Voodoo Death I
Hex death is not restricted to tribal societies — it may visit hospitals.
Posted Sep 10, 2012
Most of us are preoccupied with prolonging our lives by remaining fit and healthy. We are led to believe that a healthy body guarantees long life. Yet, there is evidence that some people die despite being young and in good health. When they lose the will to live, they perish as surely as though they had been asphyxiated.
Anthropologists who reported that their subjects died mysteriously after being cursed or condemned by with doctors, or tribal courts. It achieved scientific respectability with the publication of a detailed report by Walter Cannon (1), a distinguished pioneer in biological psychology.
One of Cannon’s (reasonably well documented) cases of voodoo death concerned a Maori woman who ate fruit and subsequently learned that it had come from a taboo place in direct violation of her chief’s edict. The New Zealand woman died within a day of eating the cursed fruit. A similar incident involved a young African man who accidentally ate some wild hen, although this was tabooed on pain of death. Overcome by panic and a sense of helplessness, he also died within a day.
In such cases of voodoo death, the critical factor is the person’s knowledge of the magic spell and their certainty that death will soon follow for anyone who breaks the taboo, however innocently. This belief is backed up by the behavior of friends and relatives who treat the hexed person as though they are dying. Our sense of reality is affected by the perceptions of others around us and their expectations can become a self-fulfilling prophecy.
In many cases of voodoo death, the cursed person is overwhelmed by hopelessness to the extent of refusing all food and water. According to Cannon’s reports, death typically came within one to two days of being cursed, so that the cause of death was clearly of psychological origin, rather than hunger or thirst which generally take much longer.
The phenomenon of voodoo death, or hex death, remains controversial and poorly understood. Its relevance to technologically advanced societies is also questionable because there is little belief in witchcraft and no witch doctor to point the bone at a condemned person. Yet doctors may have a similar effect and it has long been known that the mere diagnosis of a terminal illness is capable of shortening life (2).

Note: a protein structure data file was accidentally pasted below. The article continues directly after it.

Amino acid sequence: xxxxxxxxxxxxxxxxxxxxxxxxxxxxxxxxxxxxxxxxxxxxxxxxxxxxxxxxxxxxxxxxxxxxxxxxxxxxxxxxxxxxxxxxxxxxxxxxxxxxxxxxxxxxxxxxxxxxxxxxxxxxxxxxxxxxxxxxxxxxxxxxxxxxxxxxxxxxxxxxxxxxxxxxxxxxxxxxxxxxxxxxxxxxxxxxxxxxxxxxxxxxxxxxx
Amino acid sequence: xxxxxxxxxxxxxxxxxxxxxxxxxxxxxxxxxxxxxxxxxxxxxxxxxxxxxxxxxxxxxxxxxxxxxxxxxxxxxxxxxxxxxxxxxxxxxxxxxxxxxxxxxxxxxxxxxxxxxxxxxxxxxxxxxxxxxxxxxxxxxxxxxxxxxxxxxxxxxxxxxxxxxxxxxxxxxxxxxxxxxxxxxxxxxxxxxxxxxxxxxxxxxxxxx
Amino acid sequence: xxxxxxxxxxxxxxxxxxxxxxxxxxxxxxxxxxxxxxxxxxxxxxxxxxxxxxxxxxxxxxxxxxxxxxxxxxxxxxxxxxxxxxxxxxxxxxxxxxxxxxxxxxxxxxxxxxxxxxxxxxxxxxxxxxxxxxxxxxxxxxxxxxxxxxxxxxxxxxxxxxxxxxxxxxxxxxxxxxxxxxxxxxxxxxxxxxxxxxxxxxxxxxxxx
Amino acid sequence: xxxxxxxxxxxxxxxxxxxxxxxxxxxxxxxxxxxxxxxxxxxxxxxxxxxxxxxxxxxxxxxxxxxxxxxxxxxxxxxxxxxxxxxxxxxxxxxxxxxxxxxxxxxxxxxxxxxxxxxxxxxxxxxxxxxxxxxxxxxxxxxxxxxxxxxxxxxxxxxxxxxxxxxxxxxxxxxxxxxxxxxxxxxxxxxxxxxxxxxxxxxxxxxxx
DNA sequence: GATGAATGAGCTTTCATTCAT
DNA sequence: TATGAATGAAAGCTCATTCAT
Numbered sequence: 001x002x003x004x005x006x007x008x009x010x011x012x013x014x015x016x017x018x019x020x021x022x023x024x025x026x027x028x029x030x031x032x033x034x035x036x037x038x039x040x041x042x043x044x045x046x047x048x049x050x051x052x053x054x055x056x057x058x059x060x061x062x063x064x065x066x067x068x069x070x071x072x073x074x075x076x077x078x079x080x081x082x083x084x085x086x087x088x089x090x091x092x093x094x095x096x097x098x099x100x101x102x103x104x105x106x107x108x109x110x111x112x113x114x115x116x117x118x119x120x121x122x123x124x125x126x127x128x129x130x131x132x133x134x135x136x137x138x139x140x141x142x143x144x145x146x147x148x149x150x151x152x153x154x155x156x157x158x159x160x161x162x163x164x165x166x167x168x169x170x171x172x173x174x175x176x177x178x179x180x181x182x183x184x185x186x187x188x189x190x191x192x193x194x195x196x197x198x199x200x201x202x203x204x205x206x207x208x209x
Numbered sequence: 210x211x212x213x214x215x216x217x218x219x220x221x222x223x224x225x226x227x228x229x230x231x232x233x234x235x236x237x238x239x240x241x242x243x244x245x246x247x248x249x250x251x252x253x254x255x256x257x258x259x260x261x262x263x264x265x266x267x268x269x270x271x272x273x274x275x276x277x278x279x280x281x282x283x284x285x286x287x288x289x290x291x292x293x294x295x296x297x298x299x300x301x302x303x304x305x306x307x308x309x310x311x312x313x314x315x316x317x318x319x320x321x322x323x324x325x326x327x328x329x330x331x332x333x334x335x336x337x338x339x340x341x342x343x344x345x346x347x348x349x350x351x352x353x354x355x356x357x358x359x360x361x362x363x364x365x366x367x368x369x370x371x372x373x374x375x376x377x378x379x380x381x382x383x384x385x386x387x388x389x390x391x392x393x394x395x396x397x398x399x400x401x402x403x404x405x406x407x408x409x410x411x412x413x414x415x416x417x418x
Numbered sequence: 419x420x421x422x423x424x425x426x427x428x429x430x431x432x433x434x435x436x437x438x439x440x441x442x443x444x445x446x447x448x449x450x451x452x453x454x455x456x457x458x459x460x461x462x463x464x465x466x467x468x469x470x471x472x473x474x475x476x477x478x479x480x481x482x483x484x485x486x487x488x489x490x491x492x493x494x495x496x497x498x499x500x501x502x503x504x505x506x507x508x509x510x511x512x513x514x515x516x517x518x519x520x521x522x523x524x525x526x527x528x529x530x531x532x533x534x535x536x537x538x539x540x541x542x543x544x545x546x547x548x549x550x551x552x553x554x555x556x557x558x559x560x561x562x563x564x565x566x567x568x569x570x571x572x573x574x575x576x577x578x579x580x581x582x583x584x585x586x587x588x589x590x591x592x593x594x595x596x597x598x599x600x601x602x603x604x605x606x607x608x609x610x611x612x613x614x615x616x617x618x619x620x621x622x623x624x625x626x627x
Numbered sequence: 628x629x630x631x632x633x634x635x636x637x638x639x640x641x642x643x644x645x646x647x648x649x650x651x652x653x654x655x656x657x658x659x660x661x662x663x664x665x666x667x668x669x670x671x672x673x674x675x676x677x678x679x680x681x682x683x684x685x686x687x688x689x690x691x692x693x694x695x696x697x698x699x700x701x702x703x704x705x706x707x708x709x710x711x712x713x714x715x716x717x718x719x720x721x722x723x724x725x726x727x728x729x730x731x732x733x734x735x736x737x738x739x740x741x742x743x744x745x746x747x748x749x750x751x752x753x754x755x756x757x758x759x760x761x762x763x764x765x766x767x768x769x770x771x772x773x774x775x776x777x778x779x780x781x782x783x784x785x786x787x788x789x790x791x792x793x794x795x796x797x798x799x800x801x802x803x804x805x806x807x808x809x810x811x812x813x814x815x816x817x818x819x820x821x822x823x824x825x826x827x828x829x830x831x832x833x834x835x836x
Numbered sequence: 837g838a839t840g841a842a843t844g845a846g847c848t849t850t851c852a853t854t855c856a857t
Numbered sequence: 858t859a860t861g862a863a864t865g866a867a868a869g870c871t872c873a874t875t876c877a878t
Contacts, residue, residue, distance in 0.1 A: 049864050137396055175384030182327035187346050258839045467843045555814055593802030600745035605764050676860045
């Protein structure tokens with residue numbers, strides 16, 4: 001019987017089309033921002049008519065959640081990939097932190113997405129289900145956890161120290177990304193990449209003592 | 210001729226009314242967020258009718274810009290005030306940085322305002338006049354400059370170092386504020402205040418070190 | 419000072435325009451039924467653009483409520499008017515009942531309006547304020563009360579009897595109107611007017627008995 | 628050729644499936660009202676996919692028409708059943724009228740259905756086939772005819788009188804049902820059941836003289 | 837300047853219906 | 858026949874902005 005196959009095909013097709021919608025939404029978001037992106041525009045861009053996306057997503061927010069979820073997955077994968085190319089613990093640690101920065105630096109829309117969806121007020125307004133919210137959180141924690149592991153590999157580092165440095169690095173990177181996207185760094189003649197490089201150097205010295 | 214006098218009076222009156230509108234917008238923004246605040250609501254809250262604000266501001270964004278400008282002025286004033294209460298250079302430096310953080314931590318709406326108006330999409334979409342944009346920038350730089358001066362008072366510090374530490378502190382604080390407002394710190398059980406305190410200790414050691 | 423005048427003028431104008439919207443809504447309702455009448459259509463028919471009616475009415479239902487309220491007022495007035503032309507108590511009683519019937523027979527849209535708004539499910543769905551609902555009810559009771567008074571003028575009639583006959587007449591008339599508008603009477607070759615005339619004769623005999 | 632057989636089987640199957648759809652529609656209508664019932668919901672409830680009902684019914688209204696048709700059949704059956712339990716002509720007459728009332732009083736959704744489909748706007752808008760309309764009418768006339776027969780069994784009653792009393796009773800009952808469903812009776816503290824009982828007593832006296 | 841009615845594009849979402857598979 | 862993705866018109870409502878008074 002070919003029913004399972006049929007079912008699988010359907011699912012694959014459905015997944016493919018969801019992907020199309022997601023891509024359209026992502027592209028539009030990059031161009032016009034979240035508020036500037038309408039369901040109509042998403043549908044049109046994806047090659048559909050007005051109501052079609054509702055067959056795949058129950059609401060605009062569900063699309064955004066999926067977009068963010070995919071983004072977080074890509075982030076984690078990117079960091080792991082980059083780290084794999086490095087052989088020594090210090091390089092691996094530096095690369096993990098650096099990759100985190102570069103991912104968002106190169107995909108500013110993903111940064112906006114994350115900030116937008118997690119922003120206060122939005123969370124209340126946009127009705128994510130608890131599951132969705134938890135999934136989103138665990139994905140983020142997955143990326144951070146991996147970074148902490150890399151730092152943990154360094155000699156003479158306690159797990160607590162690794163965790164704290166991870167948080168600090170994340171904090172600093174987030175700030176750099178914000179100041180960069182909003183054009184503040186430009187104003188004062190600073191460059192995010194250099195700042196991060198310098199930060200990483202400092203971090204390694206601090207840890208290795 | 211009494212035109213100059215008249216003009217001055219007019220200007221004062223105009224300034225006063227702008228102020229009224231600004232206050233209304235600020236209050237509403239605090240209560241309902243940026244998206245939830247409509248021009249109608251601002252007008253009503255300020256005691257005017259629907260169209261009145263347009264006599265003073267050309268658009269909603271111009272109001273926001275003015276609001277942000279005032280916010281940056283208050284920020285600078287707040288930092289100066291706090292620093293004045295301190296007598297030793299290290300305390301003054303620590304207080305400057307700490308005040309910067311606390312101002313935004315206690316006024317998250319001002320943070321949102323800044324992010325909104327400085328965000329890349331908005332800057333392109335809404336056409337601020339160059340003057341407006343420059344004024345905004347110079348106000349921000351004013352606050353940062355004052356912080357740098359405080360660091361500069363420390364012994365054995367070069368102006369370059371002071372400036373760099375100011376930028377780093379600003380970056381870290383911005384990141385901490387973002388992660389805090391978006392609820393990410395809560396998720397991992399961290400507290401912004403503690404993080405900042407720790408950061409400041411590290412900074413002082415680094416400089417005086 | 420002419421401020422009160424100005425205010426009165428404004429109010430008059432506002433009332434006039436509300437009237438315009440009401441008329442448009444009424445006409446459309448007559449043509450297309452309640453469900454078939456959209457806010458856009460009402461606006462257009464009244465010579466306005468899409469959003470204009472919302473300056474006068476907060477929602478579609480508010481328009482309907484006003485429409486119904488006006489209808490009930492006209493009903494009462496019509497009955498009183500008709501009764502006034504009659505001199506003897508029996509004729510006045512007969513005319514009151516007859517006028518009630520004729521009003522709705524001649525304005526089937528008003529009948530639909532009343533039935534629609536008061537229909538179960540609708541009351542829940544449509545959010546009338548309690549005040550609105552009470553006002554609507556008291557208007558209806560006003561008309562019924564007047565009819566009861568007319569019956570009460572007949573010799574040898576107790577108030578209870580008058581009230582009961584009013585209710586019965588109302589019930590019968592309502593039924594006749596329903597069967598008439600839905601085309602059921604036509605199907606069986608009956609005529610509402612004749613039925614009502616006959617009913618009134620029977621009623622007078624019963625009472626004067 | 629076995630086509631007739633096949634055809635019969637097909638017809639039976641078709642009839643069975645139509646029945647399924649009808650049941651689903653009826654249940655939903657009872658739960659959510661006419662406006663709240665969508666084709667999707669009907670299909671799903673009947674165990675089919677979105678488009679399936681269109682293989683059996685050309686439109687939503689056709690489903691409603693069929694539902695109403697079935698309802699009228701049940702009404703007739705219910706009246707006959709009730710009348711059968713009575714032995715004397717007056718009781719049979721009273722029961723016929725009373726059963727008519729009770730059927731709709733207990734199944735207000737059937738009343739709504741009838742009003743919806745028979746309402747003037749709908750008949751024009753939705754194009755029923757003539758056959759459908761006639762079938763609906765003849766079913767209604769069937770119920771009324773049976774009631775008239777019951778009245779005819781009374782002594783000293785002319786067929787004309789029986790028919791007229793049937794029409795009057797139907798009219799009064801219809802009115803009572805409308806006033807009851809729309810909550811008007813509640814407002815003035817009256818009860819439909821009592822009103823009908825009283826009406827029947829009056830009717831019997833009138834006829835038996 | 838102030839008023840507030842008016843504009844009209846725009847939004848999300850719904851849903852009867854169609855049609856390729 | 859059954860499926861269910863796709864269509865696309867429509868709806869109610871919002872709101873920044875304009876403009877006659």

During the Korean War, prisoners held in psychologically abusive camps in mainland China manifested something very like voodoo death. Victims were young healthy men who were poorly nourished and subjected to Communist brainwashing. They would become uncommunicative, retire to their beds, and die within days (3). Fellow prisoners described the phenomenon as “give-up — it is.”
There are many cases of psychosomatic death in the medical literature.
Take the case of a patient of Nashville, Tennessee, internist Clifton K. Meador (4) who underwent surgery for cancer of the esophagus. Following surgery, the patient “Sam Shoeman,” who was in his seventies received bleak news. His liver scan was quite abnormal, suggesting extensive cancerous growths in the entire left lobe of the liver. Suspecting terminal cancer, his doctors told him that he had only a few months to live.
Following the bad news from his liver scan, his whole purpose was merely to survive until Christmas, that he might celebrate it with his relatives. Shoeman made good progress and left the hospital late in October. He was readmitted just after New Year’s Day, and died within 24 hours.
What is remarkable about this case is that the man did not really have terminal cancer. The liver scan had been botched and the autopsy revealed only a single 2-centimeter nodule of cancerous tissue that could not possibly have killed him.
Why did he die? Like victims of the tribal court, Shoeman was convinced that he was about to die and all of the people around him shared the conviction. He had also received a deadline, so to speak, expecting that he would be lucky to make it past Christmas. Hence his death, of psychosomatic causes, on January 2.
The killer anniversary
This case history illustrates not just the powerful negative effect of an adverse diagnosis. (This is the opposite of the beneficial placebo effect and is referred to as a “nocebo.”) It also demonstrates that anniversaries such as Christmas can have a powerful effect on the timing of death.Of course, this implies that the affected deaths are psychosomatic ones. I return to the killer anniversary phenomenon in a future post.
1. Cannon, W. (1942). Voodoo death. American Anthropologist, 44, 169-181.
2. Lester, D. (2009). Voodoo death. Omega, 59, 1-18.
3. Cialdini, R. B. (1988). Influence: Science and practice (2nd ed.). Glenview, IL: Scott, Foresman.
4. Meador, C. K. (1992). Hex death: Voodoo magic or persuasion. Southern Medical Journal, 85, 244-247.